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Restroom, locker room restrictions foster abuse of transgender teens

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Don’t let fear drive policy

The study findings “make a compelling case for what we as gender specialist providers witness every day in our work: failure to support transgender and gender-expansive youth in being able to fully live in their affirmed gender puts them at physical as well as psychological risk,” wrote Diane Ehrensaft, PhD, and Stephen M. Rosenthal, MD, in an accompanying editorial.

What can reduce the risk of these youth experiencing abuse and assault, according to the editorialists, is putting policies in place that support them. Dr. Ehrensaft and Dr. Rosenthal cited the state of California’s 2013 decision to allow all students in public schools, from kindergarten through 12th grade “the right to use the bathroom and locker room consistent with their affirmed gender identity” as an example of something pediatricians should be advocating for in other states.

Restrictions on bathroom use to their assigned birth identity may cause transgender youth to be at increased risk for verbal and physical harassment and abuse, they said. It may also lead some to avoid restroom use and increase their risk for urinary tract infections, impacted stool, and school avoidance, the editorialists noted. They added that “[such] policies are often fear based, with nontransgender students thought to be the ones at risk for sexual assault by transgender intruders, by anyone whose genitalia does not match the one associated with the sign on the door, or by predators posing as transgender students.” The editorialists noted that these attitudes can come from school personnel or parents and that pediatricians should be aware of “the high prevalence of sexual assault” on transgender and gender nonbinary youth” (Pediatrics. 2019 May 6. doi: 10.1542/peds.2019-0554).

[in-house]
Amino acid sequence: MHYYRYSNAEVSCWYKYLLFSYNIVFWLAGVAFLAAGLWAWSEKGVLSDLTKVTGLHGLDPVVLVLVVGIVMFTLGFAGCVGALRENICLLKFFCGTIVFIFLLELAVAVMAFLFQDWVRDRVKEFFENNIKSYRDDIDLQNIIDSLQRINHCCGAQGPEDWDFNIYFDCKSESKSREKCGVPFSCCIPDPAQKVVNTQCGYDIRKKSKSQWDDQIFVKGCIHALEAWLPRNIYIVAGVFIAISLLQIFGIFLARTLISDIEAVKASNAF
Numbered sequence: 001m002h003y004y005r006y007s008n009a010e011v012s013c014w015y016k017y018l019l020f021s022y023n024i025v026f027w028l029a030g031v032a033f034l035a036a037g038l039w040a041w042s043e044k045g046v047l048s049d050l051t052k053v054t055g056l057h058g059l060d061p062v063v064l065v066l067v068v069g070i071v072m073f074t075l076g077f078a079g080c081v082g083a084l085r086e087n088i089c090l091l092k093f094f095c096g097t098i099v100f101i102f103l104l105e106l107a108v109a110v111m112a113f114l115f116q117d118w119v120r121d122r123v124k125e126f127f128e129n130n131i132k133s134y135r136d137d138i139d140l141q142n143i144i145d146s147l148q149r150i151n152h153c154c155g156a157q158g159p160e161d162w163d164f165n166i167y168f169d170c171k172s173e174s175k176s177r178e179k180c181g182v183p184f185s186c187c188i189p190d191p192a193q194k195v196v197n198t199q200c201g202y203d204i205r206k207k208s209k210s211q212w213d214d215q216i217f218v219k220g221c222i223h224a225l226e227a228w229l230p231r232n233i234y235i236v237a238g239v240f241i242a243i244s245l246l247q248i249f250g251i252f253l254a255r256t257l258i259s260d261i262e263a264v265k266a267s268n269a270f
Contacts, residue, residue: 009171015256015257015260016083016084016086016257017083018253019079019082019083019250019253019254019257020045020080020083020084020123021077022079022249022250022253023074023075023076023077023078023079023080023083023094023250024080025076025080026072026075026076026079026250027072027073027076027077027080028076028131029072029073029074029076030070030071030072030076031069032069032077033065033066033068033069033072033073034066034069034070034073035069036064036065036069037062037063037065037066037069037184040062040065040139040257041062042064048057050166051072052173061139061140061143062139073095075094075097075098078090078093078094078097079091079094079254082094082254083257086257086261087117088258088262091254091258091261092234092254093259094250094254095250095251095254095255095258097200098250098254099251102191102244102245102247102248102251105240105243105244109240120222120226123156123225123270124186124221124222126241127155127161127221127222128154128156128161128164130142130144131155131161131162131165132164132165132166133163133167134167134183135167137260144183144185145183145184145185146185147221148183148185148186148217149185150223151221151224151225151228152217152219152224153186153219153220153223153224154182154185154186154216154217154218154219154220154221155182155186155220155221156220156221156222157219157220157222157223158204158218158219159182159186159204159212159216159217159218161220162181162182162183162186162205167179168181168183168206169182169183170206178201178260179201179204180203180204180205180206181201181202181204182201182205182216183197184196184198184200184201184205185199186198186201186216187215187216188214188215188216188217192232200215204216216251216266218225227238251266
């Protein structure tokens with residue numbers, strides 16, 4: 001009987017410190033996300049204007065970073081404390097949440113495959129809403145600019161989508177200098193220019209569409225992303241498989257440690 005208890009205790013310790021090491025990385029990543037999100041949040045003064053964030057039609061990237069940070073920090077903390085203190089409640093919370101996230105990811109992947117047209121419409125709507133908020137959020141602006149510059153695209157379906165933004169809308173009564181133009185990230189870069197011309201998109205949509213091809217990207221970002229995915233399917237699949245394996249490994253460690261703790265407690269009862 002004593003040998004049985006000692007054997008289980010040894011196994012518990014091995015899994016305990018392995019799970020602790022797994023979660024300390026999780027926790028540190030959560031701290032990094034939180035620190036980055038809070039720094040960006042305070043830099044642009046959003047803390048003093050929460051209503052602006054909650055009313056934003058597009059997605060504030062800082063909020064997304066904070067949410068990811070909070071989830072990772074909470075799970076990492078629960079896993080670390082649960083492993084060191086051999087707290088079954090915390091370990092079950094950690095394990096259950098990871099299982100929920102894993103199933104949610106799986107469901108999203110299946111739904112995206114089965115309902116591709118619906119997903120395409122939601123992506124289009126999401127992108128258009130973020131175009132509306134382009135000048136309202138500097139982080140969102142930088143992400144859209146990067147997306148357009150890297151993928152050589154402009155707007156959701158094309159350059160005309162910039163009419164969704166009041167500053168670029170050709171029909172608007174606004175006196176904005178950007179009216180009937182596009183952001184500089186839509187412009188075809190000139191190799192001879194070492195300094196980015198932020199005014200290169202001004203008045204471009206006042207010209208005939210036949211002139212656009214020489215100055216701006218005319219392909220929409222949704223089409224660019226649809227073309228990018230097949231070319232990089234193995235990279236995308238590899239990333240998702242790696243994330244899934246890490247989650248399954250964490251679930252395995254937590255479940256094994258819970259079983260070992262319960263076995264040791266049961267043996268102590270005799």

Dr. Ehrensaft and Dr. Rosenthal are affiliated with the Benioff Children’s Hospital at the University of California, San Francisco. They had no financial conflicts to disclose.



Transgender youth with restricted restroom and locker room use at school were significantly more likely to experience sexual assault at school than those without such restrictions, based on surveys from more than 3,000 teens in the United States who identified as transgender or nonbinary.

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“Little is known about risk factors for sexual assault in gender minority adolescents, but school policies and practices play an important role in other forms of victimization,” including restricting transgender students from using restrooms or locker rooms that match their gender identities, wrote Gabriel R. Murchison, MPH, of Harvard University, Boston, Mass., and colleagues in Pediatrics (2019 May 6. doi:

To examine the relationship between school restroom/locker room policies and sexual assault on transgender teens, the researchers reviewed data from the Lesbian, Gay, Bisexual, Transgender, and Queer or Questioning (LGBTQ) Teen Study, an anonymous web-based survey of U.S. adolescents aged 13 to 17 years who could read and write in English. Participants were assigned to one of four gender groups: trans male, trans female, nonbinary who were assigned male at birth (AMAB), or nonbinary who were assigned female at birth (AFAB) based on the survey questions asking their sex assigned at birth and current gender identity. The final study population of 3,673 individuals included 1,359 boys and 1,947 nonbinary youth AFAB and 158 transgender girls and 209 nonbinary youth AMAB. The results were published in Pediatrics.